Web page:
New York, NY — A recent investigation by New York City Comptroller Scott M. Stringer found that the City’s Department of Education (DOE) routinely violates its own contracting rules and internal procedures in awarding non-competitive contracts. In disregarding standard operating procedures, the DOE may have cost the city millions in wasted funding.
The Comptroller’s audit recently released, builds on a report issued in June 2015, which found serious shortcomings in the DOE’s oversight of “limited competition” contracts – those not awarded through a competitive bidding process. In Fiscal Year 2016, the Department awarded $2.7 billion in contracts without full competition — representing 64% of the agency’s total contract spending.
A review of 521 limited competition contracts and contract actions revealed that the DOE directed 442 of the vendors — approximately 85 percent — to begin work before the contract was even registered with the Comptroller’s Office, in violation of the New York State Education Law, the City Charter and DOE’s own rules. The DOE submitted 302 new contracts and renewals to the Comptroller’s Office, on average, 258 days after their start dates. In the most egregious case, a contract was submitted to the Comptroller’s Office 910 days — nearly two and a half years — after the vendor began work. In some cases, the DOE submitted f contracts to the Comptroller’s Office after the contract’s end date.
Because vendors cannot be paid until contracts are registered by the Comptroller’s Office, DOE’s failure to submit contracts for registration resulted in vendors providing goods and services without being paid — sometimes for years. Those delays can cause serious problems for the vendors — along with service disruptions for the City — and may discourage additional companies from bidding on DOE contracts, reducing competition for DOE’s business and increasing costs.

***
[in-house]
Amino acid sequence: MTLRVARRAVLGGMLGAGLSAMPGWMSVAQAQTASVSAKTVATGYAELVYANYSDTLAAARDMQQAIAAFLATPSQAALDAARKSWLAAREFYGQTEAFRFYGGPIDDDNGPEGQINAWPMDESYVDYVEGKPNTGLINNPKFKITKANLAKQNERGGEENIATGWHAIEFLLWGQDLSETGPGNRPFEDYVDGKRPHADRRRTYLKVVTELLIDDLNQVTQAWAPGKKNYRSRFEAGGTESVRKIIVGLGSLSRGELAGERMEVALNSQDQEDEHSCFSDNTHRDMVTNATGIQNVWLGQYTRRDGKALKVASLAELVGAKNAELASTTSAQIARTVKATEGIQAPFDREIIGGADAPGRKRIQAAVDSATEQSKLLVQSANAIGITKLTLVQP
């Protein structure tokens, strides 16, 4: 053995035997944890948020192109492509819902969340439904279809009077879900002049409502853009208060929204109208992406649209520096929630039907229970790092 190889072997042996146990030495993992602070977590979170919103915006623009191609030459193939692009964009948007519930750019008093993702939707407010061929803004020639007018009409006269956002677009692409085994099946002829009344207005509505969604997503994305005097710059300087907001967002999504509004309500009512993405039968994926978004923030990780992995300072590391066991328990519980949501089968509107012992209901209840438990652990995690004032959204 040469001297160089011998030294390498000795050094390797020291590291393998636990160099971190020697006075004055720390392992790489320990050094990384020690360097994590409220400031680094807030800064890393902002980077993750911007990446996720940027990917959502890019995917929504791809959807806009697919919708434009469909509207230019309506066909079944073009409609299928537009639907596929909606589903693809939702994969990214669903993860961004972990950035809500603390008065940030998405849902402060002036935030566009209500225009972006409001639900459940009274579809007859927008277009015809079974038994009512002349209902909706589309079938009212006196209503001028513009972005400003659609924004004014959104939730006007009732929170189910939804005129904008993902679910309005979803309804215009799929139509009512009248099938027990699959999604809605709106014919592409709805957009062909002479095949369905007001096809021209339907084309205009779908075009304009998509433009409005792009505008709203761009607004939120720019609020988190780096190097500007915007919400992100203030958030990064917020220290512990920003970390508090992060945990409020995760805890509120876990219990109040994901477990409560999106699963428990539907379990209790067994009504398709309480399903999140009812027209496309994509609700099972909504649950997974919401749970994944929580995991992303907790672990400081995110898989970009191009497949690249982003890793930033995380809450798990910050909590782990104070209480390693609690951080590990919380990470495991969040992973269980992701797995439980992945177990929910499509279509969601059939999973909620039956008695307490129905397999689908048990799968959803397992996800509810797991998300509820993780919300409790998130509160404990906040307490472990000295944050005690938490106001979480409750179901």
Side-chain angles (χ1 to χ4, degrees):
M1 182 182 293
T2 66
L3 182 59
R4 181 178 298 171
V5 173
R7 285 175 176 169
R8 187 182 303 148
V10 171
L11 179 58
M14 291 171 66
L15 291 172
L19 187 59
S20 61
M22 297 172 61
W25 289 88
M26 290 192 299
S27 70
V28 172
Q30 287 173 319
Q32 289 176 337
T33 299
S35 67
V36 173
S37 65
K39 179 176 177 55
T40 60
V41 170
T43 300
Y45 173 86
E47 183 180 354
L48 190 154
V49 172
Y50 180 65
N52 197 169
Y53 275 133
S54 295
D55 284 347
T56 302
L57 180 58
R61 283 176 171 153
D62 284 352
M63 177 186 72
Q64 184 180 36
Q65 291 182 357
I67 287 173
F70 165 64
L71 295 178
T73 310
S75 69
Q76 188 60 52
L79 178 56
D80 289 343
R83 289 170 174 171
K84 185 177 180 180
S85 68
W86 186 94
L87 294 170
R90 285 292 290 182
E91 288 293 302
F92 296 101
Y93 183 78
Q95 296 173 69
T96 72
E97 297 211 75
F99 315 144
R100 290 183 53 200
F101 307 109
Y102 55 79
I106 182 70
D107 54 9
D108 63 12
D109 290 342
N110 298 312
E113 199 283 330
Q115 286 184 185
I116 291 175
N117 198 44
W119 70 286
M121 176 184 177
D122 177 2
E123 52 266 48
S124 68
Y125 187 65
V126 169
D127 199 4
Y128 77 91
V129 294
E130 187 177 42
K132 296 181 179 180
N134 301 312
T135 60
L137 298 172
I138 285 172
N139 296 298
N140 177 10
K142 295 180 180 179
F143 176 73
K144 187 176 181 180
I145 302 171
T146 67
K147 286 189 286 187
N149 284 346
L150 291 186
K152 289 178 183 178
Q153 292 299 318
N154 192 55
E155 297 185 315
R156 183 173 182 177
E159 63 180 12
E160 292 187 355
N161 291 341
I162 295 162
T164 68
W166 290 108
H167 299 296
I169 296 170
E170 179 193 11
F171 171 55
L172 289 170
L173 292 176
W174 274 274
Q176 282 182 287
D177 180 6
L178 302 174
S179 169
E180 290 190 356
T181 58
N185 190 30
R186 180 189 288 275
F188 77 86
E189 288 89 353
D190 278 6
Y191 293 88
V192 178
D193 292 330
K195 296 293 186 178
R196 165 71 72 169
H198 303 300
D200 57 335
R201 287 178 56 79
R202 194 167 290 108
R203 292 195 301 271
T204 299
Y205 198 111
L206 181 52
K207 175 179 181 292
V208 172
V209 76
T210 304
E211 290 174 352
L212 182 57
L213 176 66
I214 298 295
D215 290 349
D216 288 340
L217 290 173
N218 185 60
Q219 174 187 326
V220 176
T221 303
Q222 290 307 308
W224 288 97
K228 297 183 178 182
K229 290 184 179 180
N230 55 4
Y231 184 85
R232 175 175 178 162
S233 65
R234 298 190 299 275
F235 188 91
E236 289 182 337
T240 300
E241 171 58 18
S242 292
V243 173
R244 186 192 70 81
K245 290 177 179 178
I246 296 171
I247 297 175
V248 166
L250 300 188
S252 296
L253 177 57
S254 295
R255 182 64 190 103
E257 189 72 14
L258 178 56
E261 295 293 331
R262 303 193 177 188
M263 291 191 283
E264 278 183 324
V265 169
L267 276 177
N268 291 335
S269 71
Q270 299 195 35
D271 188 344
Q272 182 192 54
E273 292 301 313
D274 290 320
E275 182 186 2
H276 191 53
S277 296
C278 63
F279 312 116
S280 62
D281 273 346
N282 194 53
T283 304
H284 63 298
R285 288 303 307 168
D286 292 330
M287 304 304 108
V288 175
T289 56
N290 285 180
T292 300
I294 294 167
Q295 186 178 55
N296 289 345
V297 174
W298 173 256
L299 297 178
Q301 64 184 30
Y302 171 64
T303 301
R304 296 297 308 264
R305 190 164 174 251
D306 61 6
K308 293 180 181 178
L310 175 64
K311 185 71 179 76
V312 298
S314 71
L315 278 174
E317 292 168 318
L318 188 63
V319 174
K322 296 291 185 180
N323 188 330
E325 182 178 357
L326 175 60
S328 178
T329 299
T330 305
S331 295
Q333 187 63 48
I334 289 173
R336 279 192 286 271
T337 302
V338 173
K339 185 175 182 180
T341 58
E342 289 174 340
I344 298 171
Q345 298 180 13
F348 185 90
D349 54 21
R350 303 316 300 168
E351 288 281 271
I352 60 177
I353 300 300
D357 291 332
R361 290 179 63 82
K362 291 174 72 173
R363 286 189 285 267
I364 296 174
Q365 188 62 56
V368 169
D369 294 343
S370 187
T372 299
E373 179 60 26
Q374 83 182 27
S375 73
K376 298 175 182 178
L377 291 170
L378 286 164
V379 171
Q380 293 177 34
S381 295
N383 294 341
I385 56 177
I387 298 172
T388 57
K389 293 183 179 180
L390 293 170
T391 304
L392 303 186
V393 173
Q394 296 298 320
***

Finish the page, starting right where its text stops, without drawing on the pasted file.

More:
The present audit and the Comptroller’s 2015 review found serious shortcomings in contract monitoring and evaluation, which increases the risk that vendors who did not live up to a contract’s terms could be awarded future contracts.
“It’s unbelievable. This investigation shows that DOE acts as though the rules don’t matter. We’re talking about billions of dollars spent without real oversight, without competitive bids, and without accountability. But this is about more than just contracts. It’s about right and wrong, because every time we don’t get the most competitive price, it means a dollar is taken away from our kids. When it comes to our schools, every penny counts,” New York City Comptroller Scott M. Stringer said. “These are issues the DOE has known about for years, and billions of dollars are on the line. When it comes to contracting, this is an opaque agency that refuses to accept responsibility, that often uses inaccurate arguments to defend backwards organizational practices. No one can possibly argue that these findings – and a lack of basic accountability and oversight – are acceptable.”